CASSITERIDES (from the Gr.
Neither of these could be called "small islands" or described as off the north-west coast of Spain, and so the Cassiterides were not identified with either by the Greek and Roman geographers.
Modern writers have perpetuated the error that the Cassiterides were definite spots, and have made many attempts to identify them.
It seems most probable, therefore, that the name Cassiterides represents the first vague knowledge of the Greeks that tin was found overseas somewhere in or off western Europe.
Holmes, Ancient Britain (1907), appendix, identifies the Cassiterides with the British Isles.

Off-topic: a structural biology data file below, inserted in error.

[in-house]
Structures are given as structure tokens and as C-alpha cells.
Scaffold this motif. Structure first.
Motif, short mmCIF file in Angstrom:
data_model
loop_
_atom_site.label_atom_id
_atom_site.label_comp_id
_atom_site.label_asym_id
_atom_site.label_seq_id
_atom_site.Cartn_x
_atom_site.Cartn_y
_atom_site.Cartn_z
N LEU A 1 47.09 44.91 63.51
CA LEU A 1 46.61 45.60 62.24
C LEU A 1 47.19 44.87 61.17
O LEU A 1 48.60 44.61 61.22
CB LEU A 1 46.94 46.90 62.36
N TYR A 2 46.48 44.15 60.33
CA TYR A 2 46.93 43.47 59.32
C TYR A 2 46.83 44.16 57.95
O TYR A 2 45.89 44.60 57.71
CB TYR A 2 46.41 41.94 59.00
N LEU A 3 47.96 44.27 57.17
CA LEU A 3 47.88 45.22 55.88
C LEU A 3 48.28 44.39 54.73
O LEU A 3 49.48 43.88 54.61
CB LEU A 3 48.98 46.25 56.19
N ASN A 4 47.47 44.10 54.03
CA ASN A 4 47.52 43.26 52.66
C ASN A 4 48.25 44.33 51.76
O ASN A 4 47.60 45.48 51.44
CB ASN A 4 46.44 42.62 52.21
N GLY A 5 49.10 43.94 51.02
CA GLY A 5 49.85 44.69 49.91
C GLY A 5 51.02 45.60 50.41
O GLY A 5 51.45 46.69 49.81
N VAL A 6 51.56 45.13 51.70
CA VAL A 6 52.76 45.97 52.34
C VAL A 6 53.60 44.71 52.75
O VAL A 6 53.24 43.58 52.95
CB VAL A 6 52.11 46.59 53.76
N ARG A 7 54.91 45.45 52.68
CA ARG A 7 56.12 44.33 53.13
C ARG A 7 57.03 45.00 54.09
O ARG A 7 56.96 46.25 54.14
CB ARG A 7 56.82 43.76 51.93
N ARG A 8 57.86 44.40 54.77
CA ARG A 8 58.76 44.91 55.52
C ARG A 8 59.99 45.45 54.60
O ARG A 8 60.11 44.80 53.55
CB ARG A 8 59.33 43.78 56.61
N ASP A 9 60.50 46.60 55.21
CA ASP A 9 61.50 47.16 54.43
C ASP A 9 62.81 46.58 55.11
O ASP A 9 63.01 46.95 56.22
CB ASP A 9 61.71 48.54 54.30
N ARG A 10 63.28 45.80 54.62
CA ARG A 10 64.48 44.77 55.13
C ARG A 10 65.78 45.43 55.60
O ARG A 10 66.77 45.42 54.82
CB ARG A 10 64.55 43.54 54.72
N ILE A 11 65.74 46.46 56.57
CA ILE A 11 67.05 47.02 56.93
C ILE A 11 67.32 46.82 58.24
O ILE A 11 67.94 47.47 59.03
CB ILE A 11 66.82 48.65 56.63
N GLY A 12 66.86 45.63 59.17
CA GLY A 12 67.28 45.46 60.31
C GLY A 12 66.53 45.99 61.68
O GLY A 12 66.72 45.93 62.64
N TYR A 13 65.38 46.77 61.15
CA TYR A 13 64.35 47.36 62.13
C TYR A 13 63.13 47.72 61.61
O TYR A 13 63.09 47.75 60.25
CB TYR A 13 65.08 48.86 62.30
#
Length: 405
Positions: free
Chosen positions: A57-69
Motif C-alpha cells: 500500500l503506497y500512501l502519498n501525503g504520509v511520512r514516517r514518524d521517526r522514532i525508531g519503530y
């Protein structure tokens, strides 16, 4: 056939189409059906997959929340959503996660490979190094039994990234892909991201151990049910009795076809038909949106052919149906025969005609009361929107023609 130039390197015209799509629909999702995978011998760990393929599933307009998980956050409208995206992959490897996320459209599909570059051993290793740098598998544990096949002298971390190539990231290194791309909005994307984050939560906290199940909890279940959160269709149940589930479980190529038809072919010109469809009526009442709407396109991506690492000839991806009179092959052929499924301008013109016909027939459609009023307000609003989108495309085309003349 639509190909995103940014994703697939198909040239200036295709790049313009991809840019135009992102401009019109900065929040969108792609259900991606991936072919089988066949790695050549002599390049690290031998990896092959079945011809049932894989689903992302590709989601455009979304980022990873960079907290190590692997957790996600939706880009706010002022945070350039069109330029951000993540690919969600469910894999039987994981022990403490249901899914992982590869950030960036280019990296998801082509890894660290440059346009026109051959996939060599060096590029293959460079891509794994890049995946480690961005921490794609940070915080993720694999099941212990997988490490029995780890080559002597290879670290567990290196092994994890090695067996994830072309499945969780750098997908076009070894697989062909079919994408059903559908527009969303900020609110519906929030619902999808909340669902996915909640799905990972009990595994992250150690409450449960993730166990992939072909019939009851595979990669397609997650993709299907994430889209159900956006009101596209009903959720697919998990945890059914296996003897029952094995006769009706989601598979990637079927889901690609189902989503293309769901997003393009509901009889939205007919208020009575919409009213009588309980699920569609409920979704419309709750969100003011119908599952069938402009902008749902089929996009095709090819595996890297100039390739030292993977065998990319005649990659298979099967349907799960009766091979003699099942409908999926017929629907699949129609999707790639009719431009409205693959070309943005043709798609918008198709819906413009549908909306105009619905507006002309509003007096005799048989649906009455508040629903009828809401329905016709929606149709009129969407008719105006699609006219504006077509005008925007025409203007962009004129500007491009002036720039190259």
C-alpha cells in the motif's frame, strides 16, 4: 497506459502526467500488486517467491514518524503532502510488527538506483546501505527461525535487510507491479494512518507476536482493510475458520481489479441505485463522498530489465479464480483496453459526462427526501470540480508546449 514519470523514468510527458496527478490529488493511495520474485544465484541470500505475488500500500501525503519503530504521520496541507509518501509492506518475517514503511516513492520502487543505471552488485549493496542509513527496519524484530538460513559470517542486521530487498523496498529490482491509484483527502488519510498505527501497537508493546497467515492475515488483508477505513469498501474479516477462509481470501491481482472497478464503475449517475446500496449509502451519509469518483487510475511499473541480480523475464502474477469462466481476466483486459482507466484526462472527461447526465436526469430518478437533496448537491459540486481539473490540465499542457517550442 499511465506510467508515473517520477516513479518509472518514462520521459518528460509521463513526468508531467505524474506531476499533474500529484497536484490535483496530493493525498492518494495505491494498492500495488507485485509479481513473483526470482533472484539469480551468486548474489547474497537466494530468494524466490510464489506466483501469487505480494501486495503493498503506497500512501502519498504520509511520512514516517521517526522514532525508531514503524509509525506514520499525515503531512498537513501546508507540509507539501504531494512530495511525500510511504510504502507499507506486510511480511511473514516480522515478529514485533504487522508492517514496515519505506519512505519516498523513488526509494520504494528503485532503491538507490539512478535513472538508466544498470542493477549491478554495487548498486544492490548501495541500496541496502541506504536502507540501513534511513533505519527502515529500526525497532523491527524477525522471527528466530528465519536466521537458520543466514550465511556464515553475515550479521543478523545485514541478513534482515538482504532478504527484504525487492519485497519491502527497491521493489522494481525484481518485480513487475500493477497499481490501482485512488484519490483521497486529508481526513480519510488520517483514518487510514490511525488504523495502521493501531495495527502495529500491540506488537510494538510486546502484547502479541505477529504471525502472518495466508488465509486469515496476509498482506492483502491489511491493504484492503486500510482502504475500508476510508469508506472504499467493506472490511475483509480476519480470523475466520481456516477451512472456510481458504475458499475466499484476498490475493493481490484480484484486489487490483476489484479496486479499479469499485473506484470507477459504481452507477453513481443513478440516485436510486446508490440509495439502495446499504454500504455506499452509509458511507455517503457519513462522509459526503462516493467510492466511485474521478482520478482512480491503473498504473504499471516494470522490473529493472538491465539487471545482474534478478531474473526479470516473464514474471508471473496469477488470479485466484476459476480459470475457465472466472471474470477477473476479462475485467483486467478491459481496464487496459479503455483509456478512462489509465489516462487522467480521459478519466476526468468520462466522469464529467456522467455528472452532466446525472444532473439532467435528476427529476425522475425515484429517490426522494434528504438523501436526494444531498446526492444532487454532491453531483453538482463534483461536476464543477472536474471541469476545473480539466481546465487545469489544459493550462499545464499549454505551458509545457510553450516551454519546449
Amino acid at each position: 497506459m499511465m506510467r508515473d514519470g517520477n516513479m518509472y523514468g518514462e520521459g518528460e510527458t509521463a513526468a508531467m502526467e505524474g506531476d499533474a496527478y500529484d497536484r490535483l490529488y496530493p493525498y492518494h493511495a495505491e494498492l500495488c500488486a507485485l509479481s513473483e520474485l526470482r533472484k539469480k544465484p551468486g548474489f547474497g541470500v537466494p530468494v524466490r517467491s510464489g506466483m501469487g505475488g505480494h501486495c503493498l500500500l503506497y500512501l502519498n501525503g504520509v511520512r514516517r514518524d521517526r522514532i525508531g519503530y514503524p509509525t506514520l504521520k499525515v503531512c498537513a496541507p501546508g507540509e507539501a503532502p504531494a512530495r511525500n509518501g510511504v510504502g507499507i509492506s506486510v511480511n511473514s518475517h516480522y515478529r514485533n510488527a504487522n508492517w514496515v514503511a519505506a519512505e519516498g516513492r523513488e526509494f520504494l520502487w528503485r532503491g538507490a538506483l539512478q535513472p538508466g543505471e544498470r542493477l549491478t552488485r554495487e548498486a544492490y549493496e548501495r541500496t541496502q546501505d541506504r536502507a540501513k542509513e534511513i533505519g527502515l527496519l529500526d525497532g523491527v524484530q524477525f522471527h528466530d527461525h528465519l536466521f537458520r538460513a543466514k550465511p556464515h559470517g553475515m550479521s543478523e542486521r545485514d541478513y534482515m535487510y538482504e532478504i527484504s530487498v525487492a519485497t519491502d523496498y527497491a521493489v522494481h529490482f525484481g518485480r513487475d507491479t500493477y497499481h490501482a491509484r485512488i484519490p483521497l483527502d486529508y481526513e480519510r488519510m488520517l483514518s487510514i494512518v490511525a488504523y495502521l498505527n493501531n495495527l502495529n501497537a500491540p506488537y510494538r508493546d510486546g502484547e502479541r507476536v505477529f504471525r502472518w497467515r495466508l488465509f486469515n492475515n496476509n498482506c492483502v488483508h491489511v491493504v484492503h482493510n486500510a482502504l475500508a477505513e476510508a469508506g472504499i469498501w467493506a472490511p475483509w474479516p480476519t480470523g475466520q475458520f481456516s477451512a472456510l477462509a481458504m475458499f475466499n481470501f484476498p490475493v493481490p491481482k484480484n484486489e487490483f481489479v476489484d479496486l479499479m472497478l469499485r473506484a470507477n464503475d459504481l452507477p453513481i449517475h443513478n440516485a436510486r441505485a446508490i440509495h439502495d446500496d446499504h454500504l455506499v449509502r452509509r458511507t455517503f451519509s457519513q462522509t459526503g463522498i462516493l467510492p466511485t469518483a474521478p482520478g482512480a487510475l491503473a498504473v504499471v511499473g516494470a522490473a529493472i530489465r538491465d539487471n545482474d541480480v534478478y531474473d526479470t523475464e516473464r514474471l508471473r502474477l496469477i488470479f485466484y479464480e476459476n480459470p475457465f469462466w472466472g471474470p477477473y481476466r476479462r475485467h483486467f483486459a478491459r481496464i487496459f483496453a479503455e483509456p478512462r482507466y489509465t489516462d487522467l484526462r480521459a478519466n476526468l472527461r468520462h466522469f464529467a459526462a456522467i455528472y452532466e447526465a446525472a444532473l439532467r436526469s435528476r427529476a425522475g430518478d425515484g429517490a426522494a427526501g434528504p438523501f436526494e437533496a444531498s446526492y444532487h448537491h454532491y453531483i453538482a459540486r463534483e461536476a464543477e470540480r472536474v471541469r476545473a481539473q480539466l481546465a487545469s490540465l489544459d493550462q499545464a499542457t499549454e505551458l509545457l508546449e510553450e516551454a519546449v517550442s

The geographical knowledge of Anaximander was naturally more ample than that of Homer, for it extended from the Cassiterides or Tin Islands in the west to the Caspian in the east, which he conceived to open out into Oceanus.
Gades, now Cadiz), the town which they built on an island near the mouth of the Guadalquiver, the Sidonian ships ventured farther on the ocean and drew tin from the mines of north-west Spain or from the richer deposits in the Cassiterides, i.e.
As to the Cassiterides, or Tin Islands, the exploration of which would naturally be one of the chief objects of Pytheas, he seems to have furnished Timaeus, who wrote less than a century after him, with details upon the same, especially in regard to the commercial centre of Iktis (St Michael's Mount in Cornwall ?),?), which are preserved by Diodorus.